We spent the evening pouring rainwater out of our suitcases, drying clothes and thanking God for His provision.  Daryl’s brother and a friend hopped in the car and drove to Chicago with her green card so she would have it as we reentered the States.  Our travel agent and the airline staff both called us to help and confirm that we would have tickets the next day.  A short 5 hours ago a solution seemed far away and hopeless, until God and the people He placed in our path offered us the help that we needed.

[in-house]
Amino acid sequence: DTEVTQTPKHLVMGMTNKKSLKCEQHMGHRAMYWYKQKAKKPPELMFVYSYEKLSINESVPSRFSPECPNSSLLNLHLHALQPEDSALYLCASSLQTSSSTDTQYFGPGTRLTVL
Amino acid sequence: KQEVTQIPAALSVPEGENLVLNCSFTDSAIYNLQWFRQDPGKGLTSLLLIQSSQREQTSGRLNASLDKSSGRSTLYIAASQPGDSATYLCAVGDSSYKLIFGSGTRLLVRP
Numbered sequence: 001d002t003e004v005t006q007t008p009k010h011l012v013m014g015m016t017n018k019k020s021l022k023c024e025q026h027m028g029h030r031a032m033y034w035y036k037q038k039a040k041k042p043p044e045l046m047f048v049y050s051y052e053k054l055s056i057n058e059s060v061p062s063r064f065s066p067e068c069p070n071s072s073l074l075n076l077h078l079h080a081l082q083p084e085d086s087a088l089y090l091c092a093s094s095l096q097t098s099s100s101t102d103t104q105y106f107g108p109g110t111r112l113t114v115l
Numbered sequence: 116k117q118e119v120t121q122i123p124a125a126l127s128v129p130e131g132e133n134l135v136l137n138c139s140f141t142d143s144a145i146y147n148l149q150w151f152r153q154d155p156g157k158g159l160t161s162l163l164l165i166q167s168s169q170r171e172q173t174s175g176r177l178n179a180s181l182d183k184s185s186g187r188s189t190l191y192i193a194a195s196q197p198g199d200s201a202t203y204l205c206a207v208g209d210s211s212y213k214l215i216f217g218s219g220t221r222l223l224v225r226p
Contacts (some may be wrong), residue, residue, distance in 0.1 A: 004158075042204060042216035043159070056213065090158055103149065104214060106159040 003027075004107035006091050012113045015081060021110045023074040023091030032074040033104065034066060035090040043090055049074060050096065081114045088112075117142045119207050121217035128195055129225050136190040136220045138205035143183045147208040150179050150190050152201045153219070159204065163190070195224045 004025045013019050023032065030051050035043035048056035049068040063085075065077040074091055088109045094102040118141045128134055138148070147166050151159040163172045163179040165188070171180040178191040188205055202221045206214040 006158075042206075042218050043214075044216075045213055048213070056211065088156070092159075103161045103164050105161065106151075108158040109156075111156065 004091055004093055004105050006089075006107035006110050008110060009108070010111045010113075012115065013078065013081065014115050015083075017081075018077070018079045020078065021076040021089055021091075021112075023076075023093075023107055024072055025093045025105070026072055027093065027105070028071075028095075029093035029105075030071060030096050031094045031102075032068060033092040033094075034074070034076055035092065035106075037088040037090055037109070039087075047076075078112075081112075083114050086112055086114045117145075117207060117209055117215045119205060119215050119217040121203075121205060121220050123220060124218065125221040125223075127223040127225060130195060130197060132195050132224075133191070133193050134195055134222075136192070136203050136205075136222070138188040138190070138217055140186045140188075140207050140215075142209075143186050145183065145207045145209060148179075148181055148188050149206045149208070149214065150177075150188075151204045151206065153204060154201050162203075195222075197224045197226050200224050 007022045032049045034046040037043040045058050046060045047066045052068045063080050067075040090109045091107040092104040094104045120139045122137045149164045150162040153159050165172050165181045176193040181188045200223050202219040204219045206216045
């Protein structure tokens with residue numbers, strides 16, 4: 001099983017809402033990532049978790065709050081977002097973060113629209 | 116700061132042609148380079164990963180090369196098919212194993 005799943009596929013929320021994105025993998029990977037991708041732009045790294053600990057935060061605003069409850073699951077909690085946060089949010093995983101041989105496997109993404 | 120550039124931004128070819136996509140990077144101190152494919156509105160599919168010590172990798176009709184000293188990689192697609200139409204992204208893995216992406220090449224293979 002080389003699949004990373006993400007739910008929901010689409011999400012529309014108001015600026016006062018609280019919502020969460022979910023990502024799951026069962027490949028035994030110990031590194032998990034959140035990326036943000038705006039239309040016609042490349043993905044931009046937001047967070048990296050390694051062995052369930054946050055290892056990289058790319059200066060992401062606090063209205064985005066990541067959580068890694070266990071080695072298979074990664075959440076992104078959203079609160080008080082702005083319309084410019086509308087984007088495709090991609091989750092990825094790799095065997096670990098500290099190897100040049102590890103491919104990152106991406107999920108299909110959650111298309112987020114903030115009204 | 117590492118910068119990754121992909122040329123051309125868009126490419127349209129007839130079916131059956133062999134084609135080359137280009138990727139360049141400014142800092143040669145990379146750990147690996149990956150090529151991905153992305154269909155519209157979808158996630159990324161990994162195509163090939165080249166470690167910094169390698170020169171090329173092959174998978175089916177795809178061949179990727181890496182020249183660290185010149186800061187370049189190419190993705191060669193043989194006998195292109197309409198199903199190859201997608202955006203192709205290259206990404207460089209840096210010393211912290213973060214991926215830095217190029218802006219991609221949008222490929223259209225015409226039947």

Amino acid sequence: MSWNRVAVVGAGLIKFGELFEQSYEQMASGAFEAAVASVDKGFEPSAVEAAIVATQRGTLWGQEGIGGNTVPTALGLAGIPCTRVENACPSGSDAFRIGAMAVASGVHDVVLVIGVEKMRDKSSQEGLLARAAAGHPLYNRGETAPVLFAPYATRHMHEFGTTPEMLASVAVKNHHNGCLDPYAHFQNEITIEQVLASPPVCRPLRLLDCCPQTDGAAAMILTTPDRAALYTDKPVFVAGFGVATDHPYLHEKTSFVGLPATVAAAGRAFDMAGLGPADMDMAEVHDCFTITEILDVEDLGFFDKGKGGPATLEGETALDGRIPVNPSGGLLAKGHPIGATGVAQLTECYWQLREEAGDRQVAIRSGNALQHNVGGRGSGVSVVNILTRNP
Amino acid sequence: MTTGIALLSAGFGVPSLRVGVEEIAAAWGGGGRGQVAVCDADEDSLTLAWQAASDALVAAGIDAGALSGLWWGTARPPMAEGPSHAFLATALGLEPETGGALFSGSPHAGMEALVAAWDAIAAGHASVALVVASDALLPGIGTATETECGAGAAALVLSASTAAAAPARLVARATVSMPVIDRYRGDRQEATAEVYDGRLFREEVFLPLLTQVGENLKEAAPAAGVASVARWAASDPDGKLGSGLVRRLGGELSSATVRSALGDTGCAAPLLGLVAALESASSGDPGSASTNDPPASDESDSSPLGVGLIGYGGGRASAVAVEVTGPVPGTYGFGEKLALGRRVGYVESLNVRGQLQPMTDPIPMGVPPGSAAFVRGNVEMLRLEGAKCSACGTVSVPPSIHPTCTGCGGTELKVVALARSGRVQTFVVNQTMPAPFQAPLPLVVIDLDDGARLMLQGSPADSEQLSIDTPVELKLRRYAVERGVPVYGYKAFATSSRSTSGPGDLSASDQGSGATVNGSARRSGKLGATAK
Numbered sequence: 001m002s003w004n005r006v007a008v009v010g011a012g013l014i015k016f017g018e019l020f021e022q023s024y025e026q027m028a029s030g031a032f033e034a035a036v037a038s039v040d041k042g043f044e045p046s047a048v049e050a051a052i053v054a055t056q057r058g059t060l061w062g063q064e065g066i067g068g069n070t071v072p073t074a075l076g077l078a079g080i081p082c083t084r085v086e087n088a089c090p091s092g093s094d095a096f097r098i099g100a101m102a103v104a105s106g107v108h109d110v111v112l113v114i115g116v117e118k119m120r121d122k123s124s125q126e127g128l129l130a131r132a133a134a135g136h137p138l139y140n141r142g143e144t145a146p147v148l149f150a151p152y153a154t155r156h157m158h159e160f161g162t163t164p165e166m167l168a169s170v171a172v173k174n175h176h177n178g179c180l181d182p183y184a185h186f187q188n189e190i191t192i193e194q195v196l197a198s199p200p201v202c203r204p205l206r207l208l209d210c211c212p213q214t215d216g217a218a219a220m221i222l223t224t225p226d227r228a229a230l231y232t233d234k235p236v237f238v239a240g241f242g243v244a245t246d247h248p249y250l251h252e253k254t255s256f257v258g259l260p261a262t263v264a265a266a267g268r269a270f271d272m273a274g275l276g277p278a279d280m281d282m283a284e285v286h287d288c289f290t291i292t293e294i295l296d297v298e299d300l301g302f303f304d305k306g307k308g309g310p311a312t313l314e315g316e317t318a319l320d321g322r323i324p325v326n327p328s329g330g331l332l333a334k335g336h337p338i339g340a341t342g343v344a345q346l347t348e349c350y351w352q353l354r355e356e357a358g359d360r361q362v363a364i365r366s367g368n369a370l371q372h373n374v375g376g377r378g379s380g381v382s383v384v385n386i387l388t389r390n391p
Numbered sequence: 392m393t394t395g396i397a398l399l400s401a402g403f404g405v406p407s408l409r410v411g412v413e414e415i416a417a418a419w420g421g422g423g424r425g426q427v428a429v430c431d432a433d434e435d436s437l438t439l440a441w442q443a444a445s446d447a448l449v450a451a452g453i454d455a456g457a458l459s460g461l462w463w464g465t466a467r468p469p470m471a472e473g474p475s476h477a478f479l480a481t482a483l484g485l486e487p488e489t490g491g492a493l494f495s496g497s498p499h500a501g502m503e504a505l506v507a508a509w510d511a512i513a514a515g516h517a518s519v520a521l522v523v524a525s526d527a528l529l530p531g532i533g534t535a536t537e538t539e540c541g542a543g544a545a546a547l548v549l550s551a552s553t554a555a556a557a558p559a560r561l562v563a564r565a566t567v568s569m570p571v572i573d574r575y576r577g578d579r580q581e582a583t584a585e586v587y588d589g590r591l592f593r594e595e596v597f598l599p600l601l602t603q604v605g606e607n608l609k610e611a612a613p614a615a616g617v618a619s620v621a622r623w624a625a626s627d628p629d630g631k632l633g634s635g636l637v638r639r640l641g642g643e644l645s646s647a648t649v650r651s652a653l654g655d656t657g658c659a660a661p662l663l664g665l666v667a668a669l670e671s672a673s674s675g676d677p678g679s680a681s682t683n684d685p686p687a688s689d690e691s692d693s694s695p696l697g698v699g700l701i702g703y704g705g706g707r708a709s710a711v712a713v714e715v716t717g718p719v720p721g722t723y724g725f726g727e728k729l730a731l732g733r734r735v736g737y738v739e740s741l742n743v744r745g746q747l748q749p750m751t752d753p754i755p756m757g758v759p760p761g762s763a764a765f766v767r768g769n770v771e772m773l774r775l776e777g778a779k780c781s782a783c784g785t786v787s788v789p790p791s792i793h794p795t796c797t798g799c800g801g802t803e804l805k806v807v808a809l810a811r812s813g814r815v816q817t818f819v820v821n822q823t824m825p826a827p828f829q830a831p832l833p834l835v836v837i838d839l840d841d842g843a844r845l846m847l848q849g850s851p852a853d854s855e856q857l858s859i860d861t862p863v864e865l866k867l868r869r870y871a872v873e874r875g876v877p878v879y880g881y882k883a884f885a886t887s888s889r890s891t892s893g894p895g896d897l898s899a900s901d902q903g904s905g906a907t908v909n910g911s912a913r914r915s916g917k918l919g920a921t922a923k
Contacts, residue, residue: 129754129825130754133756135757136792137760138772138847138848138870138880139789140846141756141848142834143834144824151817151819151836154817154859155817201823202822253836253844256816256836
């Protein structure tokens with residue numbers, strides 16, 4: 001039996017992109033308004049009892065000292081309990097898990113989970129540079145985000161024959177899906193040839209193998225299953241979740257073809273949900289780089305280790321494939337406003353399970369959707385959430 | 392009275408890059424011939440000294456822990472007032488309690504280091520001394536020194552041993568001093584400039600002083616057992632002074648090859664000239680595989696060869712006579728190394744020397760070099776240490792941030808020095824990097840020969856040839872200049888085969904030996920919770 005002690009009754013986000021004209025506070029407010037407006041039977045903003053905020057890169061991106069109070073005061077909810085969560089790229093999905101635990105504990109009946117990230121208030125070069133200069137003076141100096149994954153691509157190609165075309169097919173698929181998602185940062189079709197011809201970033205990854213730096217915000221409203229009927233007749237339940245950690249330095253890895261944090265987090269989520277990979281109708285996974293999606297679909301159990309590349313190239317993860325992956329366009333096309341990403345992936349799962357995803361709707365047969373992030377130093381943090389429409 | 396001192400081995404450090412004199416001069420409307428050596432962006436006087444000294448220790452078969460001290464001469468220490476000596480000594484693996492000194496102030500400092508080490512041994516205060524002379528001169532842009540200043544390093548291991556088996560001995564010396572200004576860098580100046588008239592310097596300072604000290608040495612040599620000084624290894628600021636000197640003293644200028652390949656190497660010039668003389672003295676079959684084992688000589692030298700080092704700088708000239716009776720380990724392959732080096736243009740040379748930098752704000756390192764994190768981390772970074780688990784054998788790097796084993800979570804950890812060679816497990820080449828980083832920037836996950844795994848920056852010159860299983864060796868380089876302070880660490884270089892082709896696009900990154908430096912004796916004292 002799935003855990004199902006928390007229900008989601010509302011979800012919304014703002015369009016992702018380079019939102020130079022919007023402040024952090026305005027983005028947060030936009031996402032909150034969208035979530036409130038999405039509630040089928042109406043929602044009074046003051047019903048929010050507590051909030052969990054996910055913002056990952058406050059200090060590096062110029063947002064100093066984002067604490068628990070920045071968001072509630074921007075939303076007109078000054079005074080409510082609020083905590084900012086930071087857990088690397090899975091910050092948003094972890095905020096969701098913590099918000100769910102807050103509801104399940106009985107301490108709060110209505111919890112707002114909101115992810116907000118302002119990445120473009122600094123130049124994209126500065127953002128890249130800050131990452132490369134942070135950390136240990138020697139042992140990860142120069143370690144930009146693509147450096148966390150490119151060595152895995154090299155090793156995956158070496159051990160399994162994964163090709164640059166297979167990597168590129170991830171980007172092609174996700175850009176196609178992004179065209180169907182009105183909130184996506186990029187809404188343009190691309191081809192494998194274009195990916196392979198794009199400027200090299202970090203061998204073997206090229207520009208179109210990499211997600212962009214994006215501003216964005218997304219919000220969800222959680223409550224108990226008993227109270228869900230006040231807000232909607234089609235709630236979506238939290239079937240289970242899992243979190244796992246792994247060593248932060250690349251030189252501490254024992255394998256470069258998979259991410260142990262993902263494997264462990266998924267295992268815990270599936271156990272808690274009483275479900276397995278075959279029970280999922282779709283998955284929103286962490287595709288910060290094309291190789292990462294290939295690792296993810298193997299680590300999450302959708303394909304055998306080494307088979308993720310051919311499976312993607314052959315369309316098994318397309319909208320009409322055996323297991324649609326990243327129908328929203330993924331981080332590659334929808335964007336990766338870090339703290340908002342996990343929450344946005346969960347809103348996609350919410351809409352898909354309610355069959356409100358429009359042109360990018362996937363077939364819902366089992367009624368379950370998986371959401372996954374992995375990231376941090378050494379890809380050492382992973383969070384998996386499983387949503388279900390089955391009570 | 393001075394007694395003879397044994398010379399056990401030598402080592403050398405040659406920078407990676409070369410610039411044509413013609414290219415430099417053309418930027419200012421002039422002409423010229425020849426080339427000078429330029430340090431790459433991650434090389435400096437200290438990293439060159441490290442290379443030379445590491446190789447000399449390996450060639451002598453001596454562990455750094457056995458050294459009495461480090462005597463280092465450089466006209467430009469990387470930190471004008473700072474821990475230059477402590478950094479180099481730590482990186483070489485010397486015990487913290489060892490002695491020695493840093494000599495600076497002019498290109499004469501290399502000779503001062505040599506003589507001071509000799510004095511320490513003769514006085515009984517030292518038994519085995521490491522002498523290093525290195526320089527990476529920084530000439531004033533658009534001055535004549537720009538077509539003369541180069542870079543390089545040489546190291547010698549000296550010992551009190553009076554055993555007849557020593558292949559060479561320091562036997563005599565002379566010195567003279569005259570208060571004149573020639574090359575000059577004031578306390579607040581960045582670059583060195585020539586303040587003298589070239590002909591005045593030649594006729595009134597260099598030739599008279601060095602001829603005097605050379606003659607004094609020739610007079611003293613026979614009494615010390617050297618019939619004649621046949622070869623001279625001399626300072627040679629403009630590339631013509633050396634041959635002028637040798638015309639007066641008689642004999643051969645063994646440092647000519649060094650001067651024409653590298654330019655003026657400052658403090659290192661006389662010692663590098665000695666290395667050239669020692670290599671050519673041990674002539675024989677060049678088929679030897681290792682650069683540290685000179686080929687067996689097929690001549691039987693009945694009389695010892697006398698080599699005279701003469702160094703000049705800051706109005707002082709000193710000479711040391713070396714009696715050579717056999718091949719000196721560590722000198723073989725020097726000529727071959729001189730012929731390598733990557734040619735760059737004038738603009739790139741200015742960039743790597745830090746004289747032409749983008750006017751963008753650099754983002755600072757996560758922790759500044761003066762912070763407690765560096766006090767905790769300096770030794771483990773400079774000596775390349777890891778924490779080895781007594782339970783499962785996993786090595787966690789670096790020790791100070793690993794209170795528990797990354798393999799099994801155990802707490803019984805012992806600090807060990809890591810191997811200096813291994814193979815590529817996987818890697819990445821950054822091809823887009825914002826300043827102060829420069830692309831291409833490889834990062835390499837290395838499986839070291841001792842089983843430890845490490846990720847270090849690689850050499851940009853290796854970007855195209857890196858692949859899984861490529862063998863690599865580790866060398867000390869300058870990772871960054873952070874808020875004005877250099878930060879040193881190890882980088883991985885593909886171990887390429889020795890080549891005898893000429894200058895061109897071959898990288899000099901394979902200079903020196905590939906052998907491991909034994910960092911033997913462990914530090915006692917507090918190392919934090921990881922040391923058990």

24 hours after we lost the reins, our detour was over and we were on a plane (in upgraded seats!) to reunite with our team.  We learned some lessons along the way about God’s timing and provision.  We also learned a big lesson about our own mindset toward interruptions and delays.   Our friend a the Consulate epitomized the attitude of “Mei Pen Rai – It’s No Trouble” that Mr. & Mrs. Domstad told us we would find in the Thai culture.  He stayed late and answered many more questions for us than his job description required while continually telling us that it was no trouble to do so.  He wasn’t the only person to treat us this way…..the airline staff, the staff at the hotel, our drivers….all of them were happily willing to let our needs delay and redirect their plans.  I hope that we were able to show that same happy willingness toward God as He redirected our day.  We want Him to see a people who trust Him so much that we are convinced that He is always working and it is for our good.  Delays become opportunities, problems become adventures  and life is “My Pen Rai” when we live like God is in control.